This Veterans Day I wanted to reflect briefly on what I learned in uniform. I didn't come from a family where military service was the tradition. However, both of my grandfathers did volunteer in high school during WWII. They had not finished their training in the Army Air Corp when the war came to a close. My decision to enlist in the Army was influenced primarily by the examples of other great men who reflected on their military service as having impacted their lives for good. I decided that if such good men found value in their service, then I likely would too.
Not long after returning to the US from two years as a missionary in Russia, I enlisted in the Utah National Guard as an interrogator and Russian Linguist. Shortly thereafter I enrolled in the Reserve Officers' Training Corps (ROTC) at Brigham Young University, commissioned and entered active duty as an Infantry officer. From the day I entered boot camp at Fort Sill, Oklahoma, the military began impacting me for the better. There are at least three lessons that continue to stick with me:
1. There's nothing wrong with 'hard'
Military training is designed to push you to your limits. Push-ups, sit-ups, running, carrying heavy loads, acting under pressure, team work, and more. It hurts, but oddly the more painful it is, the more pride we take in it. My training took me through Ranger School, which needs no further introduction than the graphic below (presented during in-processing at Ranger School) and the following quote from Col. Robert "Tex" Turner.
“I woke up in a cold sweat. I had a nightmare that I was still in Ranger School. Thank God that I was in Vietnam. Compared to Ranger School, combat was easy.” – Col. Robert Turner
Continually doing hard things keeps you in good company and gives you perspective. My service in the military gave me the confidence to pursue other hard things, such as getting hired at the FBI, getting an MBA, and getting hired at BCG.
Businesses face hard questions and situations as they try to grow and stay profitable in a dynamic market. I appreciate that at BCG I am again surrounded by people who aren't deterred by hard things. They have the confidence and the work ethic to tackle the toughest problems.
2. Know the commander's intent
No organization is more mission-oriented than the military. Every big mission has a plan that cascades down to the smallest unit so that every person knows their team's mission and how it fits into the bigger plan. The soldier guarding the perimeter knows why it is important.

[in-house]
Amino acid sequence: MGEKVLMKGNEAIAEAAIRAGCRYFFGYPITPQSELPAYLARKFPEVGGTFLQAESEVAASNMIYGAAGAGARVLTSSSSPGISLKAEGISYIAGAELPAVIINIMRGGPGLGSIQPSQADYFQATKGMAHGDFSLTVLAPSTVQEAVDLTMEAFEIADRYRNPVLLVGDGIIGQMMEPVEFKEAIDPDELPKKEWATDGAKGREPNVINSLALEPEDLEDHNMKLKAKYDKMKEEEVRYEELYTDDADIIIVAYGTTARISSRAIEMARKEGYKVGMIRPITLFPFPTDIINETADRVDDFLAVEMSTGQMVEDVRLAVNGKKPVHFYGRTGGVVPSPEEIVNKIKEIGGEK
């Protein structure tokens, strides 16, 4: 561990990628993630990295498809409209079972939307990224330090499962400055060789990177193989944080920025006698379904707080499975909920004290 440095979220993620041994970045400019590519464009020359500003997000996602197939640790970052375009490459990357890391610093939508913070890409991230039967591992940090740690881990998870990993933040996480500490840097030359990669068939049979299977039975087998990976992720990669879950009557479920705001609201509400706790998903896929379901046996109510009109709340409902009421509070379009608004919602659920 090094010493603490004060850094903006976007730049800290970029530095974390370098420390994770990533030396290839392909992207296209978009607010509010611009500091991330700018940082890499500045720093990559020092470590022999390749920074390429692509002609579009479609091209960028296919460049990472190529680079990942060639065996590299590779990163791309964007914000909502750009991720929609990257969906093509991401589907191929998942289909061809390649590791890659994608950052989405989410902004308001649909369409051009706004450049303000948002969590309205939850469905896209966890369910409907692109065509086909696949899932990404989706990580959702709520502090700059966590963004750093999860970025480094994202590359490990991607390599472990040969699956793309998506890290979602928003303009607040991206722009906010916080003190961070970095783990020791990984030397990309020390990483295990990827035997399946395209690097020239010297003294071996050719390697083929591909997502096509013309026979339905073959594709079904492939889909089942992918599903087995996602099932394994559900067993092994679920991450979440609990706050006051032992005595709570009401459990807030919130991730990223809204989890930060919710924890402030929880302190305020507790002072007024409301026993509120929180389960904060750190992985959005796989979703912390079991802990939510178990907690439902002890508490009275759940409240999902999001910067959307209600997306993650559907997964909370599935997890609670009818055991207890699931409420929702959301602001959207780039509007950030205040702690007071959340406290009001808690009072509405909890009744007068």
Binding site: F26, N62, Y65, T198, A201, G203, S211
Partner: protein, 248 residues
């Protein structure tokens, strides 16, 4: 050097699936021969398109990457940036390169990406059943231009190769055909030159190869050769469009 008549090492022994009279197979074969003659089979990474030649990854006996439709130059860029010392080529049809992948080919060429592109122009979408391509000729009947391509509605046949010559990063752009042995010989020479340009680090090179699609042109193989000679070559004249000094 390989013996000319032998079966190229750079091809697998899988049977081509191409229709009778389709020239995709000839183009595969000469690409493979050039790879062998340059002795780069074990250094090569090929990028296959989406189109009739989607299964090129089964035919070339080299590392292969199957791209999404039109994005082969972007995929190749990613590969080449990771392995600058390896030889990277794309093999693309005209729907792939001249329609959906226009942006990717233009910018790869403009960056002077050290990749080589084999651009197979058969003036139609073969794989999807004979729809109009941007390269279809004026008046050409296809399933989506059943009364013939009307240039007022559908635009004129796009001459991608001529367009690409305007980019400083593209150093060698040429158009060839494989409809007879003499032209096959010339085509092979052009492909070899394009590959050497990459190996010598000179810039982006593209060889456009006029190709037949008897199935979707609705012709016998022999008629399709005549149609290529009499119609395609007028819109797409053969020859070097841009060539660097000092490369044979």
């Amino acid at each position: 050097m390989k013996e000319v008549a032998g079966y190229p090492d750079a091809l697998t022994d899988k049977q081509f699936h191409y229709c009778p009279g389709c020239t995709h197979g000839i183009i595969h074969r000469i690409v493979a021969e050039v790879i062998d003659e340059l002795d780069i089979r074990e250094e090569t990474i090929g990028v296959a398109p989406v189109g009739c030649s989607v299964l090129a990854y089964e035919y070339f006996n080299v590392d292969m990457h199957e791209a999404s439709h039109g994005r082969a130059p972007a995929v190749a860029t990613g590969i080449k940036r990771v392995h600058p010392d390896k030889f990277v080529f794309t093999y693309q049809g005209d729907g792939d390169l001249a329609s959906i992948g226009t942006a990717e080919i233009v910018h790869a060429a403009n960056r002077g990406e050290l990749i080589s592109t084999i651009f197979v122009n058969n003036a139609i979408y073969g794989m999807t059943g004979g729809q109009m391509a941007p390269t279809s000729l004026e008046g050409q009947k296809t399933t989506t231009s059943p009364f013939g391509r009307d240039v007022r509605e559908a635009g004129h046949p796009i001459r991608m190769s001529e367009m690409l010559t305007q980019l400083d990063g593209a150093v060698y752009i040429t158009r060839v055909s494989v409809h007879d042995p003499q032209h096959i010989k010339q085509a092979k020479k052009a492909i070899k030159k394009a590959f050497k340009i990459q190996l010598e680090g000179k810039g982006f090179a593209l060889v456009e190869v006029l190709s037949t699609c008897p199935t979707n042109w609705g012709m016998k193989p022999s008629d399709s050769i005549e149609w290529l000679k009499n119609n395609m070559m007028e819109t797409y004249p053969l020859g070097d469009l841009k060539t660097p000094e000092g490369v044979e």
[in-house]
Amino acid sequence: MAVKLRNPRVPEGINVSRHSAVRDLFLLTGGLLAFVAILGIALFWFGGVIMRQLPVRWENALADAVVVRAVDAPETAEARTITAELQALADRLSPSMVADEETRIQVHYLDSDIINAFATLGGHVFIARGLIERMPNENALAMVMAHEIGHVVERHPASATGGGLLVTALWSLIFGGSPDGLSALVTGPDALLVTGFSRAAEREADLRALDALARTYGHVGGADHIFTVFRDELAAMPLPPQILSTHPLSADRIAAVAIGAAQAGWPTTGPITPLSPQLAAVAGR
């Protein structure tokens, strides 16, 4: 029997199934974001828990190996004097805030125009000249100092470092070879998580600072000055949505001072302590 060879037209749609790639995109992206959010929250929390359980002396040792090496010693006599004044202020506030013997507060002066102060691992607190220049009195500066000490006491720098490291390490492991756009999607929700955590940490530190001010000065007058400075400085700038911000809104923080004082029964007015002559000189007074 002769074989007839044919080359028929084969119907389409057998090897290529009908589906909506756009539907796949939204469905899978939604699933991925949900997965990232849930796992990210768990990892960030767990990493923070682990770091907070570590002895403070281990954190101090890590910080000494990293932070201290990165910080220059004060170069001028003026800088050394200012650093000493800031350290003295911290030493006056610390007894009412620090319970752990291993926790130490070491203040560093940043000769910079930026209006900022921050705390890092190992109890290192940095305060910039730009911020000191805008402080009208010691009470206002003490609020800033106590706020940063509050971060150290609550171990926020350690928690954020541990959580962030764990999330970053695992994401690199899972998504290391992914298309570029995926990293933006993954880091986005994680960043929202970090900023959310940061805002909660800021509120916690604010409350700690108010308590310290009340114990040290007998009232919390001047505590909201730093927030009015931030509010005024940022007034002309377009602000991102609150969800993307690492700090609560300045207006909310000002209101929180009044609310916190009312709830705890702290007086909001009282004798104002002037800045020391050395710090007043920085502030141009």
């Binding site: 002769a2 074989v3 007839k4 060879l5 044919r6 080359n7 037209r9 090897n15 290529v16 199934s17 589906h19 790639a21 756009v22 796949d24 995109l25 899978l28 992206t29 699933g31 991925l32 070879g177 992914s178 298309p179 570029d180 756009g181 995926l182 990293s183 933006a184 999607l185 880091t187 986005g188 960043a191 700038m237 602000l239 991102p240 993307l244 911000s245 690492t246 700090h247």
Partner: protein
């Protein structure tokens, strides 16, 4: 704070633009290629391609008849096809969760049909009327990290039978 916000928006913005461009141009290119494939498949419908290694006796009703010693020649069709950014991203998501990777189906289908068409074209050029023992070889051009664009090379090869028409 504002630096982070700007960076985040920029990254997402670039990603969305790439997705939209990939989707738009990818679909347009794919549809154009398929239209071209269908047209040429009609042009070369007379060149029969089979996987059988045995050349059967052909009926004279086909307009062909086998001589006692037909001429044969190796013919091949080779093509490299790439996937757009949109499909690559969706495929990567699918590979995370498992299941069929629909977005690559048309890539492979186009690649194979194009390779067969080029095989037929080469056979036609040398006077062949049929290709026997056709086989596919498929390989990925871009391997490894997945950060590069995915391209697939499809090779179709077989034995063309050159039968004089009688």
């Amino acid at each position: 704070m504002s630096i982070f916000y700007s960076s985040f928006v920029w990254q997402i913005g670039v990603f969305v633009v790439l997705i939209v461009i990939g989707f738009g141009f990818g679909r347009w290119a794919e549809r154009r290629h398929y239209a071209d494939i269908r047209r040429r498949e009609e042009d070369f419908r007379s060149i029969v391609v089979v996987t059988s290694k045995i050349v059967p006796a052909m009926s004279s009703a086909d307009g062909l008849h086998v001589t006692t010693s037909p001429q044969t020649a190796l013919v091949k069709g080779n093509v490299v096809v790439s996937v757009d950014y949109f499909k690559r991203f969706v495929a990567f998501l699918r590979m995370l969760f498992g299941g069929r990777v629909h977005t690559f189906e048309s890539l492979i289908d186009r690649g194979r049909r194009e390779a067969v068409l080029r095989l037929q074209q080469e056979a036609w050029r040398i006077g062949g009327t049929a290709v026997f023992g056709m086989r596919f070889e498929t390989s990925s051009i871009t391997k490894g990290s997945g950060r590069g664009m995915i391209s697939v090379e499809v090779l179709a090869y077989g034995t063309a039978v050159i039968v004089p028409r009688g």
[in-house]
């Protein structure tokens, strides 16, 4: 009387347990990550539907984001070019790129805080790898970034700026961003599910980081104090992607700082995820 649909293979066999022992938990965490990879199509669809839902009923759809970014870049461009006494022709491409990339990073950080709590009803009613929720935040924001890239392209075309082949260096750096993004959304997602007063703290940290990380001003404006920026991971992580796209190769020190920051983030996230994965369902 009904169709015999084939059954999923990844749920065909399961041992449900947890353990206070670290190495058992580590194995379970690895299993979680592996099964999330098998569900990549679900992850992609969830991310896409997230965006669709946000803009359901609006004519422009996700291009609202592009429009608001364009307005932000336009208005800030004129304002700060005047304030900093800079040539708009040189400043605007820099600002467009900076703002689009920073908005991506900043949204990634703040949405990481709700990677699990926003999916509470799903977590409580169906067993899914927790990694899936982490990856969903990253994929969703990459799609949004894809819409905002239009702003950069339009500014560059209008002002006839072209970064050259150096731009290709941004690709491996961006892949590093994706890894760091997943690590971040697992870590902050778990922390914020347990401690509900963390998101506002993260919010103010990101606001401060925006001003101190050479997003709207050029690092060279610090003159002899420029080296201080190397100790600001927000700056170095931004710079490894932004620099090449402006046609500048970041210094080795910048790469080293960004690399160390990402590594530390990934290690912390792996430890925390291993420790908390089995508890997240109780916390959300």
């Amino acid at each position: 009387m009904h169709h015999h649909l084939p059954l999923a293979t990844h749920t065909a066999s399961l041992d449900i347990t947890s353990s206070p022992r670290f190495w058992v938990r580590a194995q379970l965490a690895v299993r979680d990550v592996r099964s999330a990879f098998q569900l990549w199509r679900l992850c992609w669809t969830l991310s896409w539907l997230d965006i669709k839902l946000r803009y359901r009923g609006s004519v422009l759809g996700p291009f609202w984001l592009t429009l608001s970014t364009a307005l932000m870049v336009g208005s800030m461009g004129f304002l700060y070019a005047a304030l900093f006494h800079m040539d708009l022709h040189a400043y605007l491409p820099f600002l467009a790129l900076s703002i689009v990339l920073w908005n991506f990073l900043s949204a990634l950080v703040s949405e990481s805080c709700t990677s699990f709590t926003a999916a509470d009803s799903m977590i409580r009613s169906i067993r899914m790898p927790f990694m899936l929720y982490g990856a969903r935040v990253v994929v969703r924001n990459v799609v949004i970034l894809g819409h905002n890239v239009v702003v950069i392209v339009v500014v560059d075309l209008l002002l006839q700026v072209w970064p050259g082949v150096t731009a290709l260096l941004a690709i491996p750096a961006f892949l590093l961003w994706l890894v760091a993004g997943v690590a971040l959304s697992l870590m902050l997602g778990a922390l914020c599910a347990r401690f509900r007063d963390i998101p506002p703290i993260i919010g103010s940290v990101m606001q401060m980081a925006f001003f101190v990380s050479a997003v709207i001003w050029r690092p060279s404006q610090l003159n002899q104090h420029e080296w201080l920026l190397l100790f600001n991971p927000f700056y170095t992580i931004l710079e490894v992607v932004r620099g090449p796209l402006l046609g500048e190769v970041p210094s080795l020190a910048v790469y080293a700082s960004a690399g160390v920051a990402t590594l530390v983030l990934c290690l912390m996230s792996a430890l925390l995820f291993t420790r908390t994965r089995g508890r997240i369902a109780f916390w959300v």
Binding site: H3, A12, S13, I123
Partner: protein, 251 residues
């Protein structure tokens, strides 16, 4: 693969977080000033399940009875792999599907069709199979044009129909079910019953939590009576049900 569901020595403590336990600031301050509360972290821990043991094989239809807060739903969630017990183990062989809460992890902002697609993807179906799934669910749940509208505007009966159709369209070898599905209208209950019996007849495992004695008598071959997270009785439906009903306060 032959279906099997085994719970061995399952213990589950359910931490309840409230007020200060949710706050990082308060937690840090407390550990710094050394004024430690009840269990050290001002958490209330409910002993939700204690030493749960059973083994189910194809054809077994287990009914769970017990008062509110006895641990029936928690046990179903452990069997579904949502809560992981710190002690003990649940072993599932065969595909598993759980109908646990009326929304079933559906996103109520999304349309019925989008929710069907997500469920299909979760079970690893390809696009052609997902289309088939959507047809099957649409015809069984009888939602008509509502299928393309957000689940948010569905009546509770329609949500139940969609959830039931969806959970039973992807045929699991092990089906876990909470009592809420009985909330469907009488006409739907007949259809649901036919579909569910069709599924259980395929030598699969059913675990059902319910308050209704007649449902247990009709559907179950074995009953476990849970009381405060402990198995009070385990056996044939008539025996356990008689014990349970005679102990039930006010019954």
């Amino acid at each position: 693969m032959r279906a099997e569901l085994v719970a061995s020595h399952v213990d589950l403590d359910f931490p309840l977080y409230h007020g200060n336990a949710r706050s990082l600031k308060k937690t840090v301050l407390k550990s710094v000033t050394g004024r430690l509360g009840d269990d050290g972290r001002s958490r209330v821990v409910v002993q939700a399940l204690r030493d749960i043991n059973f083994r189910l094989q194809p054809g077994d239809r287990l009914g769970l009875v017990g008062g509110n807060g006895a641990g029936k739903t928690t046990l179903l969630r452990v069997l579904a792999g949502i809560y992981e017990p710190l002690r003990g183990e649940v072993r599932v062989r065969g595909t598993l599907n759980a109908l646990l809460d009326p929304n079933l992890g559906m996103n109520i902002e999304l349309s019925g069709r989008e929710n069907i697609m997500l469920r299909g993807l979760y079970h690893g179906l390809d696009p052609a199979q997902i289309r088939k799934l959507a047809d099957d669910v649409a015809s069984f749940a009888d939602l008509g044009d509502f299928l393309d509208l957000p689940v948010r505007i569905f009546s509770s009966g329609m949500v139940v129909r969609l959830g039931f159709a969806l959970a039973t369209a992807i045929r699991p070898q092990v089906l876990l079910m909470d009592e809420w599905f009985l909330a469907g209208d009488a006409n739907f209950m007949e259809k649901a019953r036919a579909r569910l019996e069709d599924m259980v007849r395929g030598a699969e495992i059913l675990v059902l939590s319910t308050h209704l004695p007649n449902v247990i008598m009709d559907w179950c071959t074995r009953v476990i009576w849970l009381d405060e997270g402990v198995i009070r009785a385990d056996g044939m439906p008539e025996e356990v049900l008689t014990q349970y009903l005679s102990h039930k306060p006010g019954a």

This clarity is achieved by disseminating a well-designed operations order, or mission brief. In a standard order, there is one line that always stood out as critically important–the 'commander's intent'. This was a high-level, plain English summary of what the commander wanted to achieve through this particular mission. We always took note of it, knowing that if the formal plan went south, we would find another way to achieve what the commander intended.
In business roles and projects, we are measured and incentivized by various metrics and KPIs, not all of which perfectly predict success in achieving the desired end state. It is helpful in any role to ask myself frequently, "What am I trying to do here?" Re-centering on the mission and commander's intent always helps me to figure out what steps to take next.
3. Leadership maximizes others' potential
The Army defines leadership as "the process of influencing others to accomplish the mission by providing purpose, direction, and motivation." That embodies other definitions I have heard that essentially boil down to helping others to be successful.
I learned as a platoon leader that to attract the best talent I had to be willing to let them move on to bigger and better things. Thanks to a wise platoon sergeant, we set the tone early in our platoon that if you wanted to try to break in to elite forces (e.g. Rangers, Special Forces), we would encourage it and help you get there. This stood in contrast to the position that if you wanted to move on, you weren't worth investing in.
Over time that commitment to our men's greater aspirations helped create a unique culture that sustained us through deployment. Not only were we more committed to each other, but the natural implication of such open ambition was that we would have to work harder–in the gym, learning skills, getting good evaluations. We all had to raise our game.
Again, likening that to the private sector, I have found a similar (and similarly unique) culture at BCG. They support and cheer for their employees before hiring them, while on the job and after they have parted ways. I hope I can emulate such leadership regardless of where I find myself.